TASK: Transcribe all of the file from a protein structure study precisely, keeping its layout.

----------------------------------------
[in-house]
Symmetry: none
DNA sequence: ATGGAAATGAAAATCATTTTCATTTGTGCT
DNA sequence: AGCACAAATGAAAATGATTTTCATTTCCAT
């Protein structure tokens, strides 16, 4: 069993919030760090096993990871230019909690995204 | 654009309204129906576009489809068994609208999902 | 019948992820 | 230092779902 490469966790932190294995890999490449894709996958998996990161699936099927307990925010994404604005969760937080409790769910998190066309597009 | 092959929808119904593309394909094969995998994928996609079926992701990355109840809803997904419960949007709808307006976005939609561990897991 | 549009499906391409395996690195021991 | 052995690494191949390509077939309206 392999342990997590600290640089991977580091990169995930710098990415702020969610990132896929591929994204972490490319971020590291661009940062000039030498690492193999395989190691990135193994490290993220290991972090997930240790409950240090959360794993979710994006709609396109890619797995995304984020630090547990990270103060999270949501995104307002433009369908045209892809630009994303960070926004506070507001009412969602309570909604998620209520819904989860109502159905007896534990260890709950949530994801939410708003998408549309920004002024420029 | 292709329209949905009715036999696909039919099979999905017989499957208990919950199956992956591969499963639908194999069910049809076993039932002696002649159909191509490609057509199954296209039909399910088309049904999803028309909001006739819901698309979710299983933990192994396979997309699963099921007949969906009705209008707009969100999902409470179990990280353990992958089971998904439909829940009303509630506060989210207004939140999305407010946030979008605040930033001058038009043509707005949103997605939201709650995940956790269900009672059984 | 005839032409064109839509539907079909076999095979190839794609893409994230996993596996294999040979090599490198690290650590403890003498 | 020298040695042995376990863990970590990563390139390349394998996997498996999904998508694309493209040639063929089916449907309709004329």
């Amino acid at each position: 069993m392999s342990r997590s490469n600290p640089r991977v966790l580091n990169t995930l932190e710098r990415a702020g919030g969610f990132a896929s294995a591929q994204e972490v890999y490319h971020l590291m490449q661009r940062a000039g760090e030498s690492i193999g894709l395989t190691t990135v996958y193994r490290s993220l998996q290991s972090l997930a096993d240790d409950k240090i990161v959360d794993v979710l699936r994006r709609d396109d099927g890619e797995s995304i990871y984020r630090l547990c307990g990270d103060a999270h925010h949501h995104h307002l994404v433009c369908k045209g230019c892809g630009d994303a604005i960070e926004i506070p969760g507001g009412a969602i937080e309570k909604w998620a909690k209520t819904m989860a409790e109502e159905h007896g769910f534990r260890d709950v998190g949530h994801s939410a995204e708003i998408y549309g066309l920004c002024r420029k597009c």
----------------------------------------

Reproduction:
[in-house]
Symmetry: none
DNA sequence: ATGGAAATGAAAATCATTTTCATTTGTGCT
DNA sequence: AGCACAAATGAAAATGATTTTCATTTCCAT
């Protein structure tokens, strides 16, 4: 069993919030760090096993990871230019909690995204 | 654009309204129906576009489809068994609208999902 | 019948992820 | 230092779902 490469966790932190294995890999490449894709996958998996990161699936099927307990925010994404604005969760937080409790769910998190066309597009 | 092959929808119904593309394909094969995998994928996609079926992701990355109840809803997904419960949007709808307006976005939609561990897991 | 549009499906391409395996690195021991 | 052995690494191949390509077939309206 392999342990997590600290640089991977580091990169995930710098990415702020969610990132896929591929994204972490490319971020590291661009940062000039030498690492193999395989190691990135193994490290993220290991972090997930240790409950240090959360794993979710994006709609396109890619797995995304984020630090547990990270103060999270949501995104307002433009369908045209892809630009994303960070926004506070507001009412969602309570909604998620209520819904989860109502159905007896534990260890709950949530994801939410708003998408549309920004002024420029 | 292709329209949905009715036999696909039919099979999905017989499957208990919950199956992956591969499963639908194999069910049809076993039932002696002649159909191509490609057509199954296209039909399910088309049904999803028309909001006739819901698309979710299983933990192994396979997309699963099921007949969906009705209008707009969100999902409470179990990280353990992958089971998904439909829940009303509630506060989210207004939140999305407010946030979008605040930033001058038009043509707005949103997605939201709650995940956790269900009672059984 | 005839032409064109839509539907079909076999095979190839794609893409994230996993596996294999040979090599490198690290650590403890003498 | 020298040695042995376990863990970590990563390139390349394998996997498996999904998508694309493209040639063929089916449907309709004329």
């Amino acid at each position: 069993m392999s342990r997590s490469n600290p640089r991977v966790l580091n990169t995930l932190e710098r990415a702020g919030g969610f990132a896929s294995a591929q994204e972490v890999y490319h971020l590291m490449q661009r940062a000039g760090e030498s690492i193999g894709l395989t190691t990135v996958y193994r490290s993220l998996q290991s972090l997930a096993d240790d409950k240090i990161v959360d794993v979710l699936r994006r709609d396109d099927g890619e797995s995304i990871y984020r630090l547990c307990g990270d103060a999270h925010h949501h995104h307002l994404v433009c369908k045209g230019c892809g630009d994303a604005i960070e926004i506070p969760g507001g009412a969602i937080e309570k909604w998620a909690k209520t819904m989860a409790e109502e159905h007896g769910f534990r260890d709950v998190g949530h994801s939410a995204e708003i998408y549309g066309l920004c002024r420029k597009c």